Rigor in Academic Publishing

August 16, 2009

I opened this blog with a few paragraphs explaining why I believe it’s important for us to encourage our students to communicate and network in modern modes. Following up on that, I was sent a link to this recent journal article by Whitworth and Friedman. The somewhat bitter tone of the article aside, it’s a worthwhile read if you’re interested in the future of academic collaboration and publishing.

The authors’ most controversial conclusion is that we may need to sacrifice some rigor for progress. They argue that errors of omission (not publishing that which is later shown to be true) are as damning as printing that which is false, so we must accept the risk of some inaccuracies in order to publish articles that are relevant (timely) or which challenge accepted practice (controversial). I have some personal experience on the subject, and while that conclusion is difficult to accept (when I wrote my first draft of this entry, I opposed it), I think it’s correct.

My research group in graduate school went through a long publication drought (more than two years). We were building a computing system built on a non-traditional computing model, so our publications were judged irrelevant and/or difficult to compare to common benchmarks. We spent far longer gathering evidence to support our results than similar projects based on more traditional ideas. More importantly, during that time, we had difficulty finding venues to share our preliminary results, so we were unable to get critical feedback that would have helped us progress, and researchers on related projects were unable to learn from our mistakes and successes. Furthermore, I believe that in a less supporting environment, the project would not have been carried to completion. A multi-year drought can kill an academic career.

Rigor rightfully has a central position in science. We must demand accuracy and correctness. However, I agree that as a community, we must also provide opportunities — and credit — for publishing controversial and preliminary results, and we should have balance rigor with innovation and timeliness. To do otherwise will decrease the rate at which we generate knowledge.

Learning about Learning Styles at Head Start

August 16, 2009

I’m not ready for the end of summer, but I’m definitely ready to get back into the classroom. On Wednesday, I had the pleasure of presenting at one of the Head Start sessions offered at UTM. Presented by the Academic Skills Centre, Head Start is an optional part of orientation — a series of 2-hour sessions to ease the first-year transition by introducing incoming students to a variety of university resources, study skills, and lecture styles.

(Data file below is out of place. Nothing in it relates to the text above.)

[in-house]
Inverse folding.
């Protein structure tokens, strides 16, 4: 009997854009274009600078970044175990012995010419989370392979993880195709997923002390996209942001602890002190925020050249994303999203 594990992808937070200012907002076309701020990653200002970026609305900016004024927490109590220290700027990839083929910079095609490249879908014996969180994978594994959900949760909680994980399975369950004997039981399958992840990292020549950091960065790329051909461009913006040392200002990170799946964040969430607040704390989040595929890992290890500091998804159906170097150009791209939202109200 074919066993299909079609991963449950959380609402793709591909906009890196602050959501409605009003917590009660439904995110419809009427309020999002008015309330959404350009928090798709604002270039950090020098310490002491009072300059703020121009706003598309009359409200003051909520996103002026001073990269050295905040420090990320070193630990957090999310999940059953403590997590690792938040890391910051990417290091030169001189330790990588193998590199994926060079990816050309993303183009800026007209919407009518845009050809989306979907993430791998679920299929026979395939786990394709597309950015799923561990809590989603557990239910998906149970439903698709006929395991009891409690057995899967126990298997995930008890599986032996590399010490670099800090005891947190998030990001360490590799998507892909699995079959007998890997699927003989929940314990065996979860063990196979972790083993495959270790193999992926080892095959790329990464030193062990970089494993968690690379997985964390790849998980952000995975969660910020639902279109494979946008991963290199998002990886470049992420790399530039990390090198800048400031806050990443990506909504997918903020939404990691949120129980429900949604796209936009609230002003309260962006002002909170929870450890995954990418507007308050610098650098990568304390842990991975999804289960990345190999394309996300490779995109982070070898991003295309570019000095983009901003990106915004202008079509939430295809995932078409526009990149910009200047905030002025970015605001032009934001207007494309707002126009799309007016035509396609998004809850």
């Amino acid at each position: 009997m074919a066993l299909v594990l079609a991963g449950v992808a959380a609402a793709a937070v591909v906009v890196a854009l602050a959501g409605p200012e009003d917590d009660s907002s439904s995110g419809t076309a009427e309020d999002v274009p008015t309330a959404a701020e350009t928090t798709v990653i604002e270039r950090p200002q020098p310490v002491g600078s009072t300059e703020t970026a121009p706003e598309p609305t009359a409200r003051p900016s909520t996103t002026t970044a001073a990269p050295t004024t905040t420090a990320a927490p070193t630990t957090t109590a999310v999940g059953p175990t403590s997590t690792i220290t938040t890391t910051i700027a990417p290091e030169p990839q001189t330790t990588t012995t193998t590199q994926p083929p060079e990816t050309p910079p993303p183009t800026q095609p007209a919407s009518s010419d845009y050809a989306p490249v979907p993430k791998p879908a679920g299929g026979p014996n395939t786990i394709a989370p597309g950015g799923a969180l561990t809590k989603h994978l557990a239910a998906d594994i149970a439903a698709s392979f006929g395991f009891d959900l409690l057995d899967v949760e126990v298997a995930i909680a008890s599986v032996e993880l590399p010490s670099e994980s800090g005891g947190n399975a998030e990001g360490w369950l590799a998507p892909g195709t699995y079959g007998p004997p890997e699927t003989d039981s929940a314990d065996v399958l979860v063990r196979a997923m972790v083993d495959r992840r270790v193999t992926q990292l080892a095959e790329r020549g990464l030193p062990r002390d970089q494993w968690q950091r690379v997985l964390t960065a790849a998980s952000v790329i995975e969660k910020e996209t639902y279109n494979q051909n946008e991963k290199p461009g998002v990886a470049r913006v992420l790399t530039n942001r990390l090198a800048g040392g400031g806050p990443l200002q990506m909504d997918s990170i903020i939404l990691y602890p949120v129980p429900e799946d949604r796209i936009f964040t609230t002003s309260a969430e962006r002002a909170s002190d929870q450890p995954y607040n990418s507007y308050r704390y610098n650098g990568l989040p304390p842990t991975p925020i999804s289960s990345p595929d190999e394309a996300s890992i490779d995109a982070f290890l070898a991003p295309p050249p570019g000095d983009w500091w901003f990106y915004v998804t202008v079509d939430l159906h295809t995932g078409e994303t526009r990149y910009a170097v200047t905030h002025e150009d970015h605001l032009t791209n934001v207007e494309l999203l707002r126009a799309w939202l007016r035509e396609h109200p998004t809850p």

I was impressed by the inclusion of the meta-commentary. University orientations often stress resources and opportunities — usually via a barrage of 10 minute pitches by various offices on campus — but Head Start takes a longer approach. The series includes 9 sessions spread over three weeks, with some students attending only one or two and others registering for all 9. Each session features 1-3 instructors who present one or two small ideas from their home discipline in whatever style they wish, and the session’s moderator steps in between talks to encourage the students to think not only about the topic being discussed but also how it was delivered (“Why did the instructor use a lecture format?” “What did you think of the ‘icebreaker’?”) and what the instructor’s expectations are (“How do you recommend students prepare for your lectures?” “What online resources do you provide your classes?”).

The students were (by and large) engaged and active in the discussion. A few left between speakers, but the majority stayed through the entire lecture, and I saw better participation in the in-class activities than I typically get from first year classes. Of course, the group is self-selected, but I believe the focus on learning and teaching styles made them more willing to try and engage.

The session reminded me of two things. First, the students will be stronger — and happier — if they know why the course is structured as it is, so I should incorporate Head Start-like commentary into my first year lecture. Nothing will help students succeed in their first year more than being aware of how they learn and what they can do to adapt to learning environments that don’t naturally match their learning styles. Second, I should include more active components to my large lecture classes. On Wednesday, we played 20 questions to illustrate mental modeling, and the students and I had a blast!

Anonymous Aggregation of Student Data

August 9, 2009

Working with strong, independent students is a pleasure. Many thanks to MG for his hard work this term. He’s been working on a web app for us for the past nine weeks.